12-year-old Annalise Lujan was taking part in gymnastics when she began vomiting suddenly
A little girl who suffered from a rare condition causing such debilitating and dangerous seizures she was put into a coma has been cured by cannabis.
Annalise Lujan, 12, was taking part in a gymnastics class when she began vomiting and lost all feeling in her legs.
She suffered a severe seizure and was rushed to hospital where paramedics put her in a medically induced coma to stop any further damage being caused to her brain.
The youngster was flown to a specialist unit at Phoenix Children’s Hospital where she was diagnosed with febrile infection-related epilepsy syndrome (FIRES), an incredibly rare condition affecting just one in a million children.
Her mother, Maryann Estrada-Lujan, told KVOA : “One day, she was just a healthy young lady, going to school, participating in her community and her gymnastics, and the next day – fighting for her life.
“She was put on a ventilator, and put into a medical coma, and, we haven’t talked to her since.
“We had no idea that our whole world would be 180-degrees turned around in such devastation, such heartache, such confusion.”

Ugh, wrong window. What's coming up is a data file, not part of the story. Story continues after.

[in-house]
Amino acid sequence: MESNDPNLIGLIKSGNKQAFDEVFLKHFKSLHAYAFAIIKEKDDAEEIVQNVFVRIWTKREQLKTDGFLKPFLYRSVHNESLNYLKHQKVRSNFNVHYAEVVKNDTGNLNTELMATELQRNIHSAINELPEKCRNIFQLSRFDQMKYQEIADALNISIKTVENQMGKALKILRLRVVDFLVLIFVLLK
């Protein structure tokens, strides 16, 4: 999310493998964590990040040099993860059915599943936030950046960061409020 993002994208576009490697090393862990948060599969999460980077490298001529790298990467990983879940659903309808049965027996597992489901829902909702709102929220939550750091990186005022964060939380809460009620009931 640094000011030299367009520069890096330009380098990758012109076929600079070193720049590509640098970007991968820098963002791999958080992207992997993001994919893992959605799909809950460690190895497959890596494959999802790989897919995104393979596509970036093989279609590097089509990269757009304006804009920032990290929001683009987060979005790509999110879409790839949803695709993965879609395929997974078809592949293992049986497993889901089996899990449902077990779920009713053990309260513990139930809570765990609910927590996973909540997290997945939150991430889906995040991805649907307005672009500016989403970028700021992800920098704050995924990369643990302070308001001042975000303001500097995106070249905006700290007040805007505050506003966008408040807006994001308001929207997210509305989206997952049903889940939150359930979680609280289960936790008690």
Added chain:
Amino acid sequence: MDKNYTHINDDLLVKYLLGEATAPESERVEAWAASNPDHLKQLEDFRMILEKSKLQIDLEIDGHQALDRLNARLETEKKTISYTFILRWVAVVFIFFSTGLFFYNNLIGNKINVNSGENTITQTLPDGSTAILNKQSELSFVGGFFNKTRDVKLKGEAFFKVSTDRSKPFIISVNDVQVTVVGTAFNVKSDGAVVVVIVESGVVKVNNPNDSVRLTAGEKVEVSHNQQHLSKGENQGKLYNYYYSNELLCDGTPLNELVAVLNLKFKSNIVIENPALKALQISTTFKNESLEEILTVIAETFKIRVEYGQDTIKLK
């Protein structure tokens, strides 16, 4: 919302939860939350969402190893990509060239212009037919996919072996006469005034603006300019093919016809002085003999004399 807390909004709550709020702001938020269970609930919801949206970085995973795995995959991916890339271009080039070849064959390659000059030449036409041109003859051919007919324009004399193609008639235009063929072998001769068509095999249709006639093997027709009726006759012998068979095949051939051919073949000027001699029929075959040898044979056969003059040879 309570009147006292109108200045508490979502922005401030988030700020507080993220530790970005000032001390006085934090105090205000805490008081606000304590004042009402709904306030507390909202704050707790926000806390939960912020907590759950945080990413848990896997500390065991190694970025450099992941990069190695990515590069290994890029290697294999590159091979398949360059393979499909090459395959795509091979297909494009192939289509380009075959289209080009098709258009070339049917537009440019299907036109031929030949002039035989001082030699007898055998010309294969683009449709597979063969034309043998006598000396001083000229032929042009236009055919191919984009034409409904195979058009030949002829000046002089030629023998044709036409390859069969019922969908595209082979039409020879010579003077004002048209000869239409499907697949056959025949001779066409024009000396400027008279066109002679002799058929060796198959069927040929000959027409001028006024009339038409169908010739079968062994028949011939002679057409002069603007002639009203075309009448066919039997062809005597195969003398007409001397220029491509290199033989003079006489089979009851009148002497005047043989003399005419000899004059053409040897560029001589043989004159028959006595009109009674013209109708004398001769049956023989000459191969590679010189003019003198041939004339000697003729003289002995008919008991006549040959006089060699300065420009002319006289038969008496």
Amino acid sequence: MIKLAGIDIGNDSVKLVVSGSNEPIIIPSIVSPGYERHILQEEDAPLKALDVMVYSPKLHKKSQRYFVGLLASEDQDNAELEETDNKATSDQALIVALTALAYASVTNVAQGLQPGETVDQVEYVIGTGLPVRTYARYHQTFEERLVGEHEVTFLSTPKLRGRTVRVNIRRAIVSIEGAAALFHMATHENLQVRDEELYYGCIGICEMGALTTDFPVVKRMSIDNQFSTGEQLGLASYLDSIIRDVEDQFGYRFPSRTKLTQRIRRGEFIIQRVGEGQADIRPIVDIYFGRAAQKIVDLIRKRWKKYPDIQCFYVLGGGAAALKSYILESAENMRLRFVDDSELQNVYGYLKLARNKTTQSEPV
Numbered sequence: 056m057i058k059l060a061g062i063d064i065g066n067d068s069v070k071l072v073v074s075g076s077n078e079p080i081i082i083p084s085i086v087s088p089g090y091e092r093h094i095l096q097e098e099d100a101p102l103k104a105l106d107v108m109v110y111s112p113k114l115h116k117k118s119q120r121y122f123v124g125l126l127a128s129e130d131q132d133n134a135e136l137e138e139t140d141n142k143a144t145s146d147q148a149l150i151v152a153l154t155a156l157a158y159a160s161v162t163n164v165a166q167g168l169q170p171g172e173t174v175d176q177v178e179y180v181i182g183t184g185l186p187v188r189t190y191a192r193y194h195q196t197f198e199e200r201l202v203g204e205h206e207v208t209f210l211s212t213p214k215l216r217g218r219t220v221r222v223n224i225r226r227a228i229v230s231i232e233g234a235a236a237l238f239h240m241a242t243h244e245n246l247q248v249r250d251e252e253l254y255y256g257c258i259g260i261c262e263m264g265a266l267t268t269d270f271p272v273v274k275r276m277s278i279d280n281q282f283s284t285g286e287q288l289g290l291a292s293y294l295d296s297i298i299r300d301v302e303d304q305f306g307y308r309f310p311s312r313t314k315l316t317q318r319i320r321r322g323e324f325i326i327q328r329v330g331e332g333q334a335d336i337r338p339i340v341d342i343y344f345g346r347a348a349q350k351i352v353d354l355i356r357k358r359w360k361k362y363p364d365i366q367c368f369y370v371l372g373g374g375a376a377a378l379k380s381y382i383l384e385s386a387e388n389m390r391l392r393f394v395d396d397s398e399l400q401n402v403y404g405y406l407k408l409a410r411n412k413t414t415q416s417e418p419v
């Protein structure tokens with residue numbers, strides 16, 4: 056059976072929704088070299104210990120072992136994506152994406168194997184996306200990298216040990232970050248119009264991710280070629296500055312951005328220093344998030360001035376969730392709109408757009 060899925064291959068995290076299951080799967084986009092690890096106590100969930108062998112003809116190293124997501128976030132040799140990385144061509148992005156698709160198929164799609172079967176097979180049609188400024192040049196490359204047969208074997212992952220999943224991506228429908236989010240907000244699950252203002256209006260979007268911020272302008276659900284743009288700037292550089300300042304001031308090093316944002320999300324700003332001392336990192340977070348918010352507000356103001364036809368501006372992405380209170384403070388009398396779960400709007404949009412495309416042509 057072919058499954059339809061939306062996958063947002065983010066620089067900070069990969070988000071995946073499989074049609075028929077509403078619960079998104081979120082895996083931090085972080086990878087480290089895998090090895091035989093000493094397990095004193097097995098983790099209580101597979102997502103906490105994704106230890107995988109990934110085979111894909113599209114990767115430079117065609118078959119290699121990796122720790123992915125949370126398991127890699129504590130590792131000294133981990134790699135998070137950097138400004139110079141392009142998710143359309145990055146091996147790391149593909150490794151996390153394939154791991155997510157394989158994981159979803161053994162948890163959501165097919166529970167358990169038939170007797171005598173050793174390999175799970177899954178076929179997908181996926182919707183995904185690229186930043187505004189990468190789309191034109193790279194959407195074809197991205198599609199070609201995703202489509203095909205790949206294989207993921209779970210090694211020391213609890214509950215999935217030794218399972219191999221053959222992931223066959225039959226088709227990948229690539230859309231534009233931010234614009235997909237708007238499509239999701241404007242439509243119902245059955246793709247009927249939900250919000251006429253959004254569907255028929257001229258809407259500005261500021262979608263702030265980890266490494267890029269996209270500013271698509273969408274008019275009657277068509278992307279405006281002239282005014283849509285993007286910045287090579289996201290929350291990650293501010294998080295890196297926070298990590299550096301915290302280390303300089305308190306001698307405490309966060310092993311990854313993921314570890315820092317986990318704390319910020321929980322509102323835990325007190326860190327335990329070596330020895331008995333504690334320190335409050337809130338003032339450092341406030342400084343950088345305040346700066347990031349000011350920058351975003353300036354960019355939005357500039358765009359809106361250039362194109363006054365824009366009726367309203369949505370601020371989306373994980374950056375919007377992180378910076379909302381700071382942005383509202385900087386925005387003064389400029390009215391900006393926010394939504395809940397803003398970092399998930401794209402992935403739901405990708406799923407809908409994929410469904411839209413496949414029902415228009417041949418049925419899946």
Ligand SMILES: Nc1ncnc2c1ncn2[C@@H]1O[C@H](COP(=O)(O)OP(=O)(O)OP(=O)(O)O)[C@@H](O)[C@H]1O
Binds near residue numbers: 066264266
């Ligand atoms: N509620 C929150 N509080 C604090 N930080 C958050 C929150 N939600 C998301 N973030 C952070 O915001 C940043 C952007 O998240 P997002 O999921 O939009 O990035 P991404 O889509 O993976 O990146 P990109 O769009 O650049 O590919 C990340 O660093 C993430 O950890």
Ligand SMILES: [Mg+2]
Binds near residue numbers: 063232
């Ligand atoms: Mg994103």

The condition was causing Annalise to suffer constant seizures which can prove to be fatal, but normal epilepsy medication was ineffective against FIRES.
Doctors were not able to bring her out of her induced coma until they found a method of controlling the seizures.
Her mother began researching alternative remedies and discovered a cannabis -derived drug, Cannabidiol, which had been successful in previous epilepsy cases.
She lobbied for the drug, which has low levels of THC which is the active ingredient making people ‘high’, to be given to her daughter.
Doctors had to rush through its approval with the FDA and DEA as the drug was not yet approved.
After just three treatments the schoolgirl, from Tuscon, Arizona, was able to be brought out of her coma, and no longer suffers from the crippling seizures.
Her mother said: “She opened her eyes, and she was scared. She was afraid. She cried. And, I whispered to her that she was very strong, she’s beautiful, and she’s strong, and she needed to keep breathing, and she did.”
Currently undergoing therapy after suffering the seizure in April, she is hoping to regain her cognitive abilities and resume gymnastics.
FIRES normally appears between one and 14 days after a child has a mild fever, and is thought to be caused when a virus spreads to the brain or autoimmune system after a cold or stomach flu.